Still, you cannot avoid first impressions, and with BSB the strongest feeling is that even their own original series nearly all look like more or less pale copies of other programmes. Swing Shift on The Power Station, for instance, looks virtually indistinguishable from those over-extended studio rap sessions about rock music which used to fill up Night Network. Many people might mistake Galaxy's Intellect for University Challenge. Jools Holland's The Happening could probably be swapped with Saturday Night Live without most viewers noticing.

Satellite Express presented by David Frost on the Now channel is like a cross between This Is Your Life and Two Way Family Favourites with fathers and sons, brothers and sisters using a satellite link to wave and weep across the rapidly shrinking east/west divide. At present BSB's news service looks like a primitive rip-and-read operation with no ambition to compete with proper news gatherers such as the BBC or ITN.

And Jupiter Moon is Galaxy's soap opera set in a space station which is so outstandingly bad - so much worse than Neighbours or Emmerdale - that it is almost impossible to drag yourself away. From Chantal's bust barely encased in a tight little cocktail dress (so handy on space ships) to the naff 'hi-tech' sets, from the sub Flash Gordon plots to the dialogue ('Melody I know you're unhappy but please stop quoting Shakespeare at me - or is it John Lennon?') the whole thing is collectively dreadful.

Have I really found nothing that I liked? On the contrary, several goodies have turned up in the first few days. Saturday afternoon and evening on the Now Channel is devoted solidly to the arts. Florilegium was an engrossing documentary, presented by Robert Hughes (who gave us the Shock Of The New) about modern prints being made from the 18th century botanical studies collected by Joseph Banks. And, bought in presumably from somewhere, was the Royal Danish Ballet's version ofetley's Firebird.

The Movie Channel looks promising, certainly better than its Sky counterpart. Had we had the time early on Sunday evening we would have watched the 1987 Bond film The Living Daylights and later on that night we did watch the recent movie version of the Profumo affair, Scandal, with Joanne Whalley as Christine Keeler and John Hurt as Stephen Ward. Galaxy has a slight but engagingly enthusiastic trivia/nostalgia show called La Triviata presented by Nick Hancock and Jo Brookes whose guest on Friday was Gerald Campion, or in other words the BBC's Billy Bunter from the early 1950s. La Triv could acquire cult status.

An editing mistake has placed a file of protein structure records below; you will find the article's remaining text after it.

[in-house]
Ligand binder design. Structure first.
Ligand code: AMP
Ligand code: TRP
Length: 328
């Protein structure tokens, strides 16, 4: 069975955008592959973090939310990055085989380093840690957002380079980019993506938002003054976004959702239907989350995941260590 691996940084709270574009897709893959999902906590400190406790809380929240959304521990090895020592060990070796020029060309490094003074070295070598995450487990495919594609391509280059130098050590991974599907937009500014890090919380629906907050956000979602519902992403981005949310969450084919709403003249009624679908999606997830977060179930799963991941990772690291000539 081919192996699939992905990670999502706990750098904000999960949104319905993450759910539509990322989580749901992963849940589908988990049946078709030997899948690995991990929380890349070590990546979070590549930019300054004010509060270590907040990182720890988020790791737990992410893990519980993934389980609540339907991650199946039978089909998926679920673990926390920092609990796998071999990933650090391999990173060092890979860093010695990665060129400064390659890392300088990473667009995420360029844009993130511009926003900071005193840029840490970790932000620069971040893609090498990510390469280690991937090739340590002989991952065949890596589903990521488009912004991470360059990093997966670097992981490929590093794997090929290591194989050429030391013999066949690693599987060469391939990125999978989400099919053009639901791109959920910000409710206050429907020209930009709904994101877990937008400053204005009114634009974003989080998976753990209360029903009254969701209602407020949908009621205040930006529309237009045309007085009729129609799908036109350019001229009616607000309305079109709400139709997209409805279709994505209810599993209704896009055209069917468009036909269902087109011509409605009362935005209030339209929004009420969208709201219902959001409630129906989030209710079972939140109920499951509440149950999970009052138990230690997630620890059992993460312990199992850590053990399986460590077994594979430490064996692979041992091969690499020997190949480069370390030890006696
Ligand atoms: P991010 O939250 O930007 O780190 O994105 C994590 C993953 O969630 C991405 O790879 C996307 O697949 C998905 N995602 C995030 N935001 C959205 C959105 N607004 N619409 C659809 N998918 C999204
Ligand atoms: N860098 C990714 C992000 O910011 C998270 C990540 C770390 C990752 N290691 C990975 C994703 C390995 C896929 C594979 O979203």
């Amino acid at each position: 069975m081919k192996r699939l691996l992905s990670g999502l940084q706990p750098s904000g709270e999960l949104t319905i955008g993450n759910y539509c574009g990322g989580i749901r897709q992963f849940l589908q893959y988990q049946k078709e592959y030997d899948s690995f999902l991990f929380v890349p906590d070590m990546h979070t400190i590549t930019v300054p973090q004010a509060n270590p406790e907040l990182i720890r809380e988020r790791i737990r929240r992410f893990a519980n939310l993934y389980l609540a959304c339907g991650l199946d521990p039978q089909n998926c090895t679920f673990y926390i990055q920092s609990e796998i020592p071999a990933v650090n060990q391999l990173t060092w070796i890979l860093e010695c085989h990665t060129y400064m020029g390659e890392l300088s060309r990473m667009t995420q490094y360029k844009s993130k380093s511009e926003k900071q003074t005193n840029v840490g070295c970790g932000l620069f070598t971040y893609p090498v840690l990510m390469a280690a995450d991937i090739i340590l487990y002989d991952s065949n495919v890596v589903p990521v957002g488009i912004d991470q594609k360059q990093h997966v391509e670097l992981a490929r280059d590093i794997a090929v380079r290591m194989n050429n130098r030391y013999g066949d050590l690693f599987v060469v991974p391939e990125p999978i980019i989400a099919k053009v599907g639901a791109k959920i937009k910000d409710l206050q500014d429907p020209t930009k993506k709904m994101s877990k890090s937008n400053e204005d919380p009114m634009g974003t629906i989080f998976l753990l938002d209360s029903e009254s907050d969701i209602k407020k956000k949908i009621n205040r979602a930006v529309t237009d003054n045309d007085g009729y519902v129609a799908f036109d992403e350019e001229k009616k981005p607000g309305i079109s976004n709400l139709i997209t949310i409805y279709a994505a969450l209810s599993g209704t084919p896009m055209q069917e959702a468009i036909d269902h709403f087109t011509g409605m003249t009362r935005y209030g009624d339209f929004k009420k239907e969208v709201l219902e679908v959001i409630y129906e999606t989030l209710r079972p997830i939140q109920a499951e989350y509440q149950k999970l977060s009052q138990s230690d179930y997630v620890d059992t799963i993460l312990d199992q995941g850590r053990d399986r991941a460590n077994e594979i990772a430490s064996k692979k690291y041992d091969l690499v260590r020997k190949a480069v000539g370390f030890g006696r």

It is much too early even to begin to guess whether BSB or Sky will prove the more popular, and whether both will manage to survive. Obviously the satellite channels devoted exclusively to rock, sport and movies have no predecessors in terrestrial television and cannot therefore be compared. But the more we see of new mixed entertainment channels, the more impressive the old terrestrial networks look in terms of quality, variety, originality, and above all value.

Among those who have grown up with the terrestrial networks without becoming passionate fans of sport, movies or rock, it may prove remarkably difficult to inculcate the conviction that they should now fork out several times as much money as ever before on television in order to acquire such treats as Jupiter Moon.

GRAPHIC: Picture, 'The Satellite Game' on BSB's Galaxy Club channel

Disclaimer: These citations are created on-the-fly using primitive parsing techniques. You should double-check all citations. Send feedback to whovian@cuttingsarchive.org

  • APA 6th ed.: Dunkley, Christopher (1990-05-02). Forward into the past with Satellite. Financial Times p. sec. 1, p. 21.
  • MLA 7th ed.: Dunkley, Christopher. "Forward into the past with Satellite." Financial Times [add city] 1990-05-02, sec. 1, p. 21. Print.
  • Chicago 15th ed.: Dunkley, Christopher. "Forward into the past with Satellite." Financial Times, edition, sec., 1990-05-02
  • Turabian: Dunkley, Christopher. "Forward into the past with Satellite." Financial Times, 1990-05-02, section, sec. 1, p. 21 edition.
  • Wikipedia (this article): <ref>{{cite news| title=Forward into the past with Satellite | url=http://cuttingsarchive.org/index.php/Forward_into_the_past_with_Satellite | work=Financial Times | pages=sec. 1, p. 21 | date=1990-05-02 | via=Doctor Who Cuttings Archive | accessdate=22 September 2019 }}</ref>
  • Wikipedia (this page): <ref>{{cite web | title=Forward into the past with Satellite | url=http://cuttingsarchive.org/index.php/Forward_into_the_past_with_Satellite | work=Doctor Who Cuttings Archive | accessdate=22 September 2019}}</ref>